The Biological Monitors observe for nesting / roosting in shrub-brush and trees. If nesting / roosting is detected, then Biological Monitors "flag" the area with 2-red flags on path/trail which means 'NO-WORK' in an area 150' in all directions. If an area has been "flagged", then the Bio Monitors return to re-survey the area at 2-weeks intervals to determine when it can be "cleared" and work-efforts and start or re-start.
For most work-efforts (e.g., Shrub-Brush Fuel Reduction), cut or pulled biomass is stacked along trail or road to dry-out for 1-2 weeks which makes chipping/dispersing more efficient and effective. Sometimes Bio Surveys detect nesting after some portion work-effort has been completed, requiring HVLT & HVLT-Firewise to suspend contractor's work-efforts until "flagged" area is "cleared" by subsequent Bio Survey. This means biomass may be present on trails / roads longer than scheduled.
Whether we've been living in Homestead Valley 1-year or 40-years, it is easy to appreciate we live in a unique and aesthetically beautiful ecosystem. Per recent wildfire events in California we've come to better understand that we live in an ecosystem (Wildland Urban Interface) that is highly susceptible to wildfires.
Individually, we can take responsibility for safety preparations for our households and improve defensible space around our structures. Collectively as neighbors, we can take responsibility per collaboration with Block Contacts for personal safety prep and to improve the neighborhood wildfire resiliency (e.g., Neighborhood Debris Box Days, Neighborhood Chipper Days, Reflective Address Placards).
As a community the HVLT and HVLT-Firewise Team are taking responsibility to increase wildfire resiliency of our Open Spaces and Neighborhoods. By coordinating and following "best-practices" recommendations of our partners (Marin County Parks, MVFD & SMFD, FIRESafe Marin, California Fire Safe Council, Firewise Communities USA), we are striving to be, "Good Stewards of the Land."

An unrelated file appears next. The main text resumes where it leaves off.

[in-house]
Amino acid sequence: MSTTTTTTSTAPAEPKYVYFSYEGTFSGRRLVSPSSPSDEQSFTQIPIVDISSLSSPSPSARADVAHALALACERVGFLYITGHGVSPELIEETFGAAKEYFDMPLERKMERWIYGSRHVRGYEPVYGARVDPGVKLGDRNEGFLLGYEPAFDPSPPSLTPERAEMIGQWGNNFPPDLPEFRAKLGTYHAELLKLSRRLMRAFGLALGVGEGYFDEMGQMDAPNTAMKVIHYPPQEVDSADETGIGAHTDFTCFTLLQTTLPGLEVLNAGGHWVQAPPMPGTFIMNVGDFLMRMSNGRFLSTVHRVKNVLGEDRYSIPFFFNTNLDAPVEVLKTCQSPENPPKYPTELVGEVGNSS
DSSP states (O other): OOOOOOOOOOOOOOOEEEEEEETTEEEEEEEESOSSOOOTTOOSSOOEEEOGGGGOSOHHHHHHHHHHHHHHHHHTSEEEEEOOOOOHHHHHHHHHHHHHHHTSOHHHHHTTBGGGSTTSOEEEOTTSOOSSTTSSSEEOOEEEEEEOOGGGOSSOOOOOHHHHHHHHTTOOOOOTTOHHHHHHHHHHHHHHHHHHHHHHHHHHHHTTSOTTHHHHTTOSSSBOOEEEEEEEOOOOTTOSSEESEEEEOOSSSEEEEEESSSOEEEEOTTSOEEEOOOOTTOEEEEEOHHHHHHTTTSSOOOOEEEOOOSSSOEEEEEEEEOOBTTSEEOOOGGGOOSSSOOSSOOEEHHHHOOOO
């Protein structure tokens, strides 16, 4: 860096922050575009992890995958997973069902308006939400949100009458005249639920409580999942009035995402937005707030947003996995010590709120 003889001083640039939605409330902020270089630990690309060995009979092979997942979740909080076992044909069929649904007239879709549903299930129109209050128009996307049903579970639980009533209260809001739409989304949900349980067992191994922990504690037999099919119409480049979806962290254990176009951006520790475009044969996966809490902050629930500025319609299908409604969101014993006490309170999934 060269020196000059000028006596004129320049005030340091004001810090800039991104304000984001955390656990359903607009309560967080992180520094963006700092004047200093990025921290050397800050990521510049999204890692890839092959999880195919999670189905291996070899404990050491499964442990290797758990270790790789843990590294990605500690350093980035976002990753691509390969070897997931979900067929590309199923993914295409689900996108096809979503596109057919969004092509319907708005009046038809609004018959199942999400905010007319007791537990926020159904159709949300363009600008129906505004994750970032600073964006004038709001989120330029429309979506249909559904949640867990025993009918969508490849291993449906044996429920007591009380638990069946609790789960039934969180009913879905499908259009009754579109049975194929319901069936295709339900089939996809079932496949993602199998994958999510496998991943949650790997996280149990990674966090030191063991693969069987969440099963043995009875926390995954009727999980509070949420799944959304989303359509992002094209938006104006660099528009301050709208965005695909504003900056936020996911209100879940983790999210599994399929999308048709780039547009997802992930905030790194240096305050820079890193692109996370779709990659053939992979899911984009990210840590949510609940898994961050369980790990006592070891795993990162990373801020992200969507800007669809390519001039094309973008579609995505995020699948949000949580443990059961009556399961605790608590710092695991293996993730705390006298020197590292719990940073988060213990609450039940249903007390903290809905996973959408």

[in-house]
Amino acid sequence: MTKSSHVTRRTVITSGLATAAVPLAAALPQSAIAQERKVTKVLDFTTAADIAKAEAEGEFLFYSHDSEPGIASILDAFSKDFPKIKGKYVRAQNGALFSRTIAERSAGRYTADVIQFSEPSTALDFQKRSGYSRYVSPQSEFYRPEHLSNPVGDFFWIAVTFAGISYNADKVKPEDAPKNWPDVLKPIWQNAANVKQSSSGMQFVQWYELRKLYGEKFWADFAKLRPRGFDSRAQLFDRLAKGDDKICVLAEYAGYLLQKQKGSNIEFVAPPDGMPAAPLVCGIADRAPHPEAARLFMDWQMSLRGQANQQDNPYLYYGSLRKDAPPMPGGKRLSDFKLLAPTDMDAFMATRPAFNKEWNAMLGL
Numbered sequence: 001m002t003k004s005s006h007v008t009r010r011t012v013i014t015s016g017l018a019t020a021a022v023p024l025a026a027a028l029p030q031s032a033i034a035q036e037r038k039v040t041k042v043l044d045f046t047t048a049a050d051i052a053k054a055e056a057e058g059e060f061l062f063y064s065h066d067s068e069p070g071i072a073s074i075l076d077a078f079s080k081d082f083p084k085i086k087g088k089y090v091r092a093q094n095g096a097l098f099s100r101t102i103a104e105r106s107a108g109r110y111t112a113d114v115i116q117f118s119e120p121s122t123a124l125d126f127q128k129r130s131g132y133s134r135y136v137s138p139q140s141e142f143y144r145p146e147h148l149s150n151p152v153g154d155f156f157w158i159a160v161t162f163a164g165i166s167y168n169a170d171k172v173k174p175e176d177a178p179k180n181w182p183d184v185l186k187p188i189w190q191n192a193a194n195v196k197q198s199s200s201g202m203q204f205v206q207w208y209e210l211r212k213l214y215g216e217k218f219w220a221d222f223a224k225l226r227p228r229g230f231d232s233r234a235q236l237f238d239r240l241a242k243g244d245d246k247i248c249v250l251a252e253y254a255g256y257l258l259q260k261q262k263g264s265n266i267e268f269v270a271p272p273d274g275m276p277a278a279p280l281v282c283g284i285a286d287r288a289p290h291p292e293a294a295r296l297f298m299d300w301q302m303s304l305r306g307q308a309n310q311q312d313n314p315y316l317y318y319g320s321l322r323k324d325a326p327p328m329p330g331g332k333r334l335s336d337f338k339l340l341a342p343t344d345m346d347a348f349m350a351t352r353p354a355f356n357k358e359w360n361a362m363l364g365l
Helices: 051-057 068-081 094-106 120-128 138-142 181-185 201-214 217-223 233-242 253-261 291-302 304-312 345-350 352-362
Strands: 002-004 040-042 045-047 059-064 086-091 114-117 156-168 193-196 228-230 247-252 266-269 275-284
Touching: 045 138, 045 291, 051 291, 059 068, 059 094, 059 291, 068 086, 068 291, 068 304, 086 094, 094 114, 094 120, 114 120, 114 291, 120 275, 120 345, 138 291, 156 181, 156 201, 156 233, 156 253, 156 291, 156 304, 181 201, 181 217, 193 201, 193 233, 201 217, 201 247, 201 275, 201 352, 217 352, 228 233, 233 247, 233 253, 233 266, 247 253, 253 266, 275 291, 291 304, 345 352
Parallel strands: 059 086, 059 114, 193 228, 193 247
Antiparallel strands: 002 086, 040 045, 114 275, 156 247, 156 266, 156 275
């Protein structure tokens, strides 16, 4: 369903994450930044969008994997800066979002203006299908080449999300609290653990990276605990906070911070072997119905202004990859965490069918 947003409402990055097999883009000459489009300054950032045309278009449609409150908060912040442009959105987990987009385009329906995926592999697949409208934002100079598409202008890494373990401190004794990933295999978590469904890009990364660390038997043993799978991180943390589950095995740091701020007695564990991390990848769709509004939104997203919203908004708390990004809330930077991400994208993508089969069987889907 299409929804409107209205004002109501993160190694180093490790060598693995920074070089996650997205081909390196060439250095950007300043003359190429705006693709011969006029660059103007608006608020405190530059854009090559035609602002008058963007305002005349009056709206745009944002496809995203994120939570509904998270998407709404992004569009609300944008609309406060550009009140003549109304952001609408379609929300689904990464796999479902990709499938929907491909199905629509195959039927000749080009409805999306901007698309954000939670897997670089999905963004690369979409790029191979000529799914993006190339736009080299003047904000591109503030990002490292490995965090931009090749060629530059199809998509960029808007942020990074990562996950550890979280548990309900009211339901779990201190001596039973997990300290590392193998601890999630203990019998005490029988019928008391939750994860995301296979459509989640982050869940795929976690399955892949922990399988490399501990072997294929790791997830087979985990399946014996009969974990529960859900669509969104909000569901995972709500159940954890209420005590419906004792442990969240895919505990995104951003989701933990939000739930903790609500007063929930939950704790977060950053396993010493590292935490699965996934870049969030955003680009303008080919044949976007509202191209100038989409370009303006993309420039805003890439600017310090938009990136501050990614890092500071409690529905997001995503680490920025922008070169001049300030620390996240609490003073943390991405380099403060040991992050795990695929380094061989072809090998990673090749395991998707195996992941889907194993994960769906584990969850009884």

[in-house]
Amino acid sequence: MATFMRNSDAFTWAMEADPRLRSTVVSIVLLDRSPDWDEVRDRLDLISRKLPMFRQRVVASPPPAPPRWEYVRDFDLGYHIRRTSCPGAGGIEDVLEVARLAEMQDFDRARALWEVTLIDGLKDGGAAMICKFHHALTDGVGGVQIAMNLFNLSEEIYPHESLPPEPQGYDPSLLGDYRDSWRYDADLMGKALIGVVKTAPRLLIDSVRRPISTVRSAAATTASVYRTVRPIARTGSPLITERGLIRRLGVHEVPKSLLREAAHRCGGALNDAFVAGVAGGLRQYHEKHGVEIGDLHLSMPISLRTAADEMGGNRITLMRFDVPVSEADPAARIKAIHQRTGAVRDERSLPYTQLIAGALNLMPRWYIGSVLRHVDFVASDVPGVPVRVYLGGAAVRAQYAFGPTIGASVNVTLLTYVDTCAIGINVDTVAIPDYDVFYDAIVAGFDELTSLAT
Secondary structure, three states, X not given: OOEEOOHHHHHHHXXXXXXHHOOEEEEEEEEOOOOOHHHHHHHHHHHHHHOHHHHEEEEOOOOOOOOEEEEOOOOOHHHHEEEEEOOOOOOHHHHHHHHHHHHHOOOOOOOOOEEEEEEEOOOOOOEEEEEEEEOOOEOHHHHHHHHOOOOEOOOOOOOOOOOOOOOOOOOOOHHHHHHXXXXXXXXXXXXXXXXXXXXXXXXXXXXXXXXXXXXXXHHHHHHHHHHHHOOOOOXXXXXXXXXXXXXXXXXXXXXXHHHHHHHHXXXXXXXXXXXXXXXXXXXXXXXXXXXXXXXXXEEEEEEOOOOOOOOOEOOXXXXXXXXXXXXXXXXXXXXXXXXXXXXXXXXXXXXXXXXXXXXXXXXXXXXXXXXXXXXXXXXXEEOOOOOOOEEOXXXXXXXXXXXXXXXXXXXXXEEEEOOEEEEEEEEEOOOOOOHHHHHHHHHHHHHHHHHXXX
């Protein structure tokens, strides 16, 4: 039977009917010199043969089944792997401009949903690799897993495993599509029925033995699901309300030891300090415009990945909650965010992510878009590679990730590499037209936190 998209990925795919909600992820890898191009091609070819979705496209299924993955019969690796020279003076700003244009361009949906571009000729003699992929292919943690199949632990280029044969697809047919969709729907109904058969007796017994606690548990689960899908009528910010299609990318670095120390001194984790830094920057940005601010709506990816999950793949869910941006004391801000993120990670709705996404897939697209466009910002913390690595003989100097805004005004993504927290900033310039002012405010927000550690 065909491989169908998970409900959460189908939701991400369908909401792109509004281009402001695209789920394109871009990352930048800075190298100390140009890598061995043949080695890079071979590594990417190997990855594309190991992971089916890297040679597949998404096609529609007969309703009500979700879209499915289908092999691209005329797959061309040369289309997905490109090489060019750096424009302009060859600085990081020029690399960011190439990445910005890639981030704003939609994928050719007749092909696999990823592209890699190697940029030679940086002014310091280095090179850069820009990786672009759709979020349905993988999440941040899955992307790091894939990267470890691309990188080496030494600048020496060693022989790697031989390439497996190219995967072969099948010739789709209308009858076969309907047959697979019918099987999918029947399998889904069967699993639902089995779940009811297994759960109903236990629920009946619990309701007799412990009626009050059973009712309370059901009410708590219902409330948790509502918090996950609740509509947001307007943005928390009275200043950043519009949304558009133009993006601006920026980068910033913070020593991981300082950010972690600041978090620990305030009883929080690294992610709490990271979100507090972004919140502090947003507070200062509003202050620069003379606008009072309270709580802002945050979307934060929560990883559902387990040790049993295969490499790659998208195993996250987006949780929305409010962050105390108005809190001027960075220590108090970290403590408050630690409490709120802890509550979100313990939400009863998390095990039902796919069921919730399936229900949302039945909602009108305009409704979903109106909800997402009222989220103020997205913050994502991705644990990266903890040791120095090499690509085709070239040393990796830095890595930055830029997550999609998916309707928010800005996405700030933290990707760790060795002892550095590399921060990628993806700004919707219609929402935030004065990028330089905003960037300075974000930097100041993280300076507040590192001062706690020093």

Wildfire is Coming
Community Center Walks the Firewise Talk
You may have noticed recently, the Community Center property got quite a haircut!
In light of the recent history of wildfires that have plagued our neighboring communities to the north, we looked around the grounds and saw we had some work to do to be more wildfire resilient. We contacted our local Firewise committee and the County of Marin for assistance and invited the Southern Marin Fire Department (SMFD) to walk the grounds and give us a Defensible Space Assessment. SMFD provided us with a comprehensive list of vegetation management tasks w/ an eye towards removing aging/decaying trees and laddering fuel from the property.
We were urged to complete our list as soon as possible and were successful in finding funding and a local contractor able to complete the work quickly.
Who knew that creek was so winding and deep! In the coming months, HVCA will continue to complete the general clean-up of the trimmed areas and add some additional native, drought-tolerant plantings to the property.
Tam Canyon Tragedy
David S. Murdoch, 68, and William F. Shores, 72, were killed at 2 PM on Friday, April 4, 1941 when a slide caused three redwood trees to fall on a cottage in Tamalpais Canyon. The winter was a wet one with 61 inches of rain. A neighbor placed an emergency call. At 2:15, a score of merchants from the Locust shopping district arrived with the fire chief and a police officer. They saw the men crushed under the walls and beams. 15 minutes later, while they were trying to chop away the shattered walls, an unoccupied home above on the nearly perpendicular hillside, buckled and burst open. Mud, trees and debris poured onto the cottage. The rescue workers barely escaped in time. By 4 PM, large-scale rescue work was underway with scores of volunteers. Many worked all night. A dozen trees had come down in the two slides. Shores' body was recovered Saturday afternoon. Murdoch's body was not recovered until Monday afternoon.
The Mill Valley Record called it the most spectacular disaster in the area since the fire of 1929.
Community Center Office
David Ross, Executive Director
Summer Shapiro, Associate Center Director
Leslie Dixon, President
Alex Scalisi, Vice-President
Brian Spring, President
Bonner Beuhler, Manager
Stolte Grove Rentals